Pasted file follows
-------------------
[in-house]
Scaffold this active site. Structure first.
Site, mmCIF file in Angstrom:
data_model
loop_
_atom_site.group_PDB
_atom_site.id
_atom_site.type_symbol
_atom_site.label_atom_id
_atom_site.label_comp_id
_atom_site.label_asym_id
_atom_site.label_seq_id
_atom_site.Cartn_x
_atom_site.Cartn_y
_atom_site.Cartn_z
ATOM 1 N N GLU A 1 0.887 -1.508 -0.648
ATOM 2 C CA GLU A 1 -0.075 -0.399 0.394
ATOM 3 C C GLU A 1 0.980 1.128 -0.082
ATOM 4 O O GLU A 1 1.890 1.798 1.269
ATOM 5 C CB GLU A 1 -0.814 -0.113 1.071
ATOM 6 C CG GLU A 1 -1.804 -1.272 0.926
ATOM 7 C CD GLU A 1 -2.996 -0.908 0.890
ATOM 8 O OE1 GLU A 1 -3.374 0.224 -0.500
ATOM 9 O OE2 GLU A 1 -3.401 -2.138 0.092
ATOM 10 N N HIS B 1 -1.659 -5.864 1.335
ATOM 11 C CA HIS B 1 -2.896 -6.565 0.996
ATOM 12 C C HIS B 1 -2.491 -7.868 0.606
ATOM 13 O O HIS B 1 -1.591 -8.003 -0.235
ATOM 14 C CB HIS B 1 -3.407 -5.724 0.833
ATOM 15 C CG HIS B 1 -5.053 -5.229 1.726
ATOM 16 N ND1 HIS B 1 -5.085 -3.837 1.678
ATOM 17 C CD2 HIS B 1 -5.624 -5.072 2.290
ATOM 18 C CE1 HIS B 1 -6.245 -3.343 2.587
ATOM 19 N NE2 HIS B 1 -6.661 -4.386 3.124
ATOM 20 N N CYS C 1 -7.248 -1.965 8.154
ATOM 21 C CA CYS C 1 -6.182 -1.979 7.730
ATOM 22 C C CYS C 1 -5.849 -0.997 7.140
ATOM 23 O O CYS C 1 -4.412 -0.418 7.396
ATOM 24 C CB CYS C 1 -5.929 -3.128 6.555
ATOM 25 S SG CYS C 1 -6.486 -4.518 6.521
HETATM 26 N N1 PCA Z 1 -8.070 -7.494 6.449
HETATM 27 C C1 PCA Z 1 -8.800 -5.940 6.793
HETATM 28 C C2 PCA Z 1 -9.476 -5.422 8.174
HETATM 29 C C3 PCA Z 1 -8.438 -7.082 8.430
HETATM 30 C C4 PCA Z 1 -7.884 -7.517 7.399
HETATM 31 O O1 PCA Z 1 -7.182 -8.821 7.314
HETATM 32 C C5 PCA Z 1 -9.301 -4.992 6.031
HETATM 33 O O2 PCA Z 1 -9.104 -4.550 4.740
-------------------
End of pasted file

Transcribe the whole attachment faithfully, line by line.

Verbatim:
[in-house]
Scaffold this active site. Structure first.
Site, mmCIF file in Angstrom:
data_model
loop_
_atom_site.group_PDB
_atom_site.id
_atom_site.type_symbol
_atom_site.label_atom_id
_atom_site.label_comp_id
_atom_site.label_asym_id
_atom_site.label_seq_id
_atom_site.Cartn_x
_atom_site.Cartn_y
_atom_site.Cartn_z
ATOM 1 N N GLU A 1 0.887 -1.508 -0.648
ATOM 2 C CA GLU A 1 -0.075 -0.399 0.394
ATOM 3 C C GLU A 1 0.980 1.128 -0.082
ATOM 4 O O GLU A 1 1.890 1.798 1.269
ATOM 5 C CB GLU A 1 -0.814 -0.113 1.071
ATOM 6 C CG GLU A 1 -1.804 -1.272 0.926
ATOM 7 C CD GLU A 1 -2.996 -0.908 0.890
ATOM 8 O OE1 GLU A 1 -3.374 0.224 -0.500
ATOM 9 O OE2 GLU A 1 -3.401 -2.138 0.092
ATOM 10 N N HIS B 1 -1.659 -5.864 1.335
ATOM 11 C CA HIS B 1 -2.896 -6.565 0.996
ATOM 12 C C HIS B 1 -2.491 -7.868 0.606
ATOM 13 O O HIS B 1 -1.591 -8.003 -0.235
ATOM 14 C CB HIS B 1 -3.407 -5.724 0.833
ATOM 15 C CG HIS B 1 -5.053 -5.229 1.726
ATOM 16 N ND1 HIS B 1 -5.085 -3.837 1.678
ATOM 17 C CD2 HIS B 1 -5.624 -5.072 2.290
ATOM 18 C CE1 HIS B 1 -6.245 -3.343 2.587
ATOM 19 N NE2 HIS B 1 -6.661 -4.386 3.124
ATOM 20 N N CYS C 1 -7.248 -1.965 8.154
ATOM 21 C CA CYS C 1 -6.182 -1.979 7.730
ATOM 22 C C CYS C 1 -5.849 -0.997 7.140
ATOM 23 O O CYS C 1 -4.412 -0.418 7.396
ATOM 24 C CB CYS C 1 -5.929 -3.128 6.555
ATOM 25 S SG CYS C 1 -6.486 -4.518 6.521
HETATM 26 N N1 PCA Z 1 -8.070 -7.494 6.449
HETATM 27 C C1 PCA Z 1 -8.800 -5.940 6.793
HETATM 28 C C2 PCA Z 1 -9.476 -5.422 8.174
HETATM 29 C C3 PCA Z 1 -8.438 -7.082 8.430
HETATM 30 C C4 PCA Z 1 -7.884 -7.517 7.399
HETATM 31 O O1 PCA Z 1 -7.182 -8.821 7.314
HETATM 32 C C5 PCA Z 1 -9.301 -4.992 6.031
HETATM 33 O O2 PCA Z 1 -9.104 -4.550 4.740